Thai soldiers pull back from Cambodian borderPHNOM PENH (Reuters): Thai soldiers pulled back from a disputed stretch of the Cambodian border Tuesday, a Cambodian general on the scene said, shortly before the expiry of a conflict deadline set by Phnom Penh.
"They pulled out from our land," General Chea Mon told Reuters by phone from the vicinity of the Preah Vihear temple, which lies at the heart of the border dispute.
"The situation seems to have returned to normal," he said.
(Reporting by Ek Madra; Writing by Ed Cropley; Editing by Darren Schuettler)
Cambodia: Thai troops retreat from disputed border
PHNOM PENH, Cambodia (AP) — A Cambodian army official says Thai troops have retreated from a disputed border ahead of a noon deadline issued by Cambodia's prime minister.
Cambodian Brig. Gen. Yim Pin, tells The Associated Press that all Thai troops had retreated from the contested area.
Yim Pin said Tuesday that "The tense situation has now eased."
Earlier, Cambodian Prime Minister Hun Sen had warned Thailand to withdraw troops by noon or face unspecified consequences.
A day earlier, Hun Sen had warned that "armed clashes will break out" if Thai troops did not retreat.
THIS IS A BREAKING NEWS UPDATE. Check back soon for further information. AP's earlier story is below.
PHNOM PENH, Cambodia (AP) — Cambodia's prime minister issued an ultimatum to Thailand to withdraw troops from a disputed border area by noon Tuesday.
Prime Minister Hun Sen's warning came amid rising tensions over a stretch of border near the 11th century Preah Vihear temple, which has been a source of dispute between the two countries for decades.
Hun Sen accused Thai troops of advancing on a border area called Eagle Field near the temple in an attempt to occupy Cambodian land.
"They must withdraw," Hun Sen said. "I have set the timeline for them to withdraw by 12 o'clock." Noon in Cambodia is 1 a.m. EDT.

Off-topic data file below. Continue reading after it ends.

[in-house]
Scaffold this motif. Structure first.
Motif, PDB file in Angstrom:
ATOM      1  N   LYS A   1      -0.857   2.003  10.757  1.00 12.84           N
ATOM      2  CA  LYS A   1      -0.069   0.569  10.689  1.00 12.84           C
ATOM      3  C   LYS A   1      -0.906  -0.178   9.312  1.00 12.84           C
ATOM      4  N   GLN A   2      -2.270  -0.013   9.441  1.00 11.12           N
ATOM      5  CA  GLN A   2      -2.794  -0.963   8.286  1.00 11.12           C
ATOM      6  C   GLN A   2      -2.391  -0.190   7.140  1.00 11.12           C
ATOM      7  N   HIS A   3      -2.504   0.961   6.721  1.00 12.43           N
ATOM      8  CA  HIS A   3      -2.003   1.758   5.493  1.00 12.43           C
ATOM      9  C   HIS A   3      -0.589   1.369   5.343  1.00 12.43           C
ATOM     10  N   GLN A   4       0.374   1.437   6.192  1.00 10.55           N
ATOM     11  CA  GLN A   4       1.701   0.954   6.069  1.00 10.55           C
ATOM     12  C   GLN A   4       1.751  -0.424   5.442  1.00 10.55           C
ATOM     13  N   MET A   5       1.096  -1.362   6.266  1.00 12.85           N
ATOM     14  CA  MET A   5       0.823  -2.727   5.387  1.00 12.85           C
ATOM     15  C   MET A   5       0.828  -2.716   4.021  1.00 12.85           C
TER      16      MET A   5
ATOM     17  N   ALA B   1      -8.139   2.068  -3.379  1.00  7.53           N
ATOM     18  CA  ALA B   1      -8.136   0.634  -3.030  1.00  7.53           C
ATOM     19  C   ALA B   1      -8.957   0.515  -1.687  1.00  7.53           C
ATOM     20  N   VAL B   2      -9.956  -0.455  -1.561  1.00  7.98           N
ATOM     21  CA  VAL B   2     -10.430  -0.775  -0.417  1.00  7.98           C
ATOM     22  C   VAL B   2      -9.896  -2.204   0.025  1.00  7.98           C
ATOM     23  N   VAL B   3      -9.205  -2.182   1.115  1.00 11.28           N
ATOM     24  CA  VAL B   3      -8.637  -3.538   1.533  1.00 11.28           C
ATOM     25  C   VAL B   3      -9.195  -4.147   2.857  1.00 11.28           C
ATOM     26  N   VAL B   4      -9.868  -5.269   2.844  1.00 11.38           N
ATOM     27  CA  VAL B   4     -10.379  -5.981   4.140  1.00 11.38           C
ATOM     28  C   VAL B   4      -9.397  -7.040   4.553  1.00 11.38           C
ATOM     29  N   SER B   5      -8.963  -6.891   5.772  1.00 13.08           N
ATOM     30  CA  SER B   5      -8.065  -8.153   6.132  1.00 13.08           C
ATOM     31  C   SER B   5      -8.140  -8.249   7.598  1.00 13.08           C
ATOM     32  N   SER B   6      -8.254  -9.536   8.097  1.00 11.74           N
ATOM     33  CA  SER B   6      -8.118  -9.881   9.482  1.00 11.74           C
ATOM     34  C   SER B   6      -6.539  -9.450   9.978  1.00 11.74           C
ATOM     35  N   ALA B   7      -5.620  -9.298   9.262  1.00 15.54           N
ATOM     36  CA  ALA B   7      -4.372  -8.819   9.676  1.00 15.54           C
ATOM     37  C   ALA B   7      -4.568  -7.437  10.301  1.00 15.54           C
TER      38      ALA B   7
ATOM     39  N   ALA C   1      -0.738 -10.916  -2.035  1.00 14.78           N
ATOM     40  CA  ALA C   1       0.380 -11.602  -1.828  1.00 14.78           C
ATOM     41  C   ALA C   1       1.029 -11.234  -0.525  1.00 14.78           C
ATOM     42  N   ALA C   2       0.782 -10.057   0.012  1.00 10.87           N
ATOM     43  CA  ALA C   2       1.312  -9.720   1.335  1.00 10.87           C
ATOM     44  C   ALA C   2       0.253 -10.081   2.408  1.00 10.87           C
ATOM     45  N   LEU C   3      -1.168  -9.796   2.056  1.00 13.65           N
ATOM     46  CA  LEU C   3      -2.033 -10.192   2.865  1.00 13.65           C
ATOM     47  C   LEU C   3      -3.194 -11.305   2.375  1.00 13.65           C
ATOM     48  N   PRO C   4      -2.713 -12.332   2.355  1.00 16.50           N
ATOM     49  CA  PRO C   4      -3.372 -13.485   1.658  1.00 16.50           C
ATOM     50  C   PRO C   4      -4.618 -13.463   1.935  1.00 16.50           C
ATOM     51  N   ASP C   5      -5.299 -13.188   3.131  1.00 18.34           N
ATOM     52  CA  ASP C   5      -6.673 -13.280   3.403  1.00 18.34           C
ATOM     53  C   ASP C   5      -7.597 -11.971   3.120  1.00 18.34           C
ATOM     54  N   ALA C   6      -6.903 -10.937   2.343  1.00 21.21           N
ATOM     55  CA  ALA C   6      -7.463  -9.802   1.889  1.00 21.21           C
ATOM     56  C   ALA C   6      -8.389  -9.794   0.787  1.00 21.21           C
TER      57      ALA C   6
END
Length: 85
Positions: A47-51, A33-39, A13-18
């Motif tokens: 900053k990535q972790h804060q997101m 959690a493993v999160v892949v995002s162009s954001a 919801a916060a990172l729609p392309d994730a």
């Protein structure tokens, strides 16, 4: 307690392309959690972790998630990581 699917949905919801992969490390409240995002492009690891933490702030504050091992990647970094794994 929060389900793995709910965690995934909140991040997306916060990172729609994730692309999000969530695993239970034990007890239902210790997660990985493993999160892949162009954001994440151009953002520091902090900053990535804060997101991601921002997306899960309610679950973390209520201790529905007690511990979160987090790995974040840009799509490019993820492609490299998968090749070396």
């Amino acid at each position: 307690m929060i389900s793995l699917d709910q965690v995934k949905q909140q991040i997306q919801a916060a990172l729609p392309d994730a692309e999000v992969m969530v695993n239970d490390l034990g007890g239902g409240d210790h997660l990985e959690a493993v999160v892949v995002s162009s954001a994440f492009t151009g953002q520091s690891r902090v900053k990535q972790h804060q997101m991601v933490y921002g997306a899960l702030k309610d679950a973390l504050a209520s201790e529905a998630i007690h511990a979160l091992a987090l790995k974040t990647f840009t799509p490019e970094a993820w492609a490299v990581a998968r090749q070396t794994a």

"At any cost, we will not allow Thai troops to invade this area. I would like to be clear about this," Hun Sen said. He added that he had ordered Cambodia's army chiefs to "take full responsibility over this area. It is a life-and-death battle zone."
Thailand's Prime Minister Somchai Wongsawat said he had ordered the army to "take care of the situation so there is no violence."
"We do not object to redeployment so there is no confrontation," Somchai told reporters, adding that he was not aware of Hun Sen's deadline.
Both countries have long claimed Preah Vihear, but the World Court awarded it to Cambodia in 1962. However, sovereignty over some of the land around the temple has not been clearly resolved.
Tensions flared July 15 after UNESCO, the U.N. agency, approved Cambodia's bid to have the Preah Vihear temple named a World Heritage Site. Both sides deployed troops to the border.
A brief gunfight broke out between the two sides early this month, with one Cambodian and two Thai soldiers wounded. Both sides claimed the other fired first and blamed each other for being on the wrong side of the border. Three days later, two Thai soldiers lost legs when they stepped on land mines in the area.
Hun Sen met Monday with Thai Foreign Minister Sompong Amornwiwat, but the meeting appeared to end without a resolution.
He said Monday, "We told them that if they do not stop (trespassing), armed clashes will break out."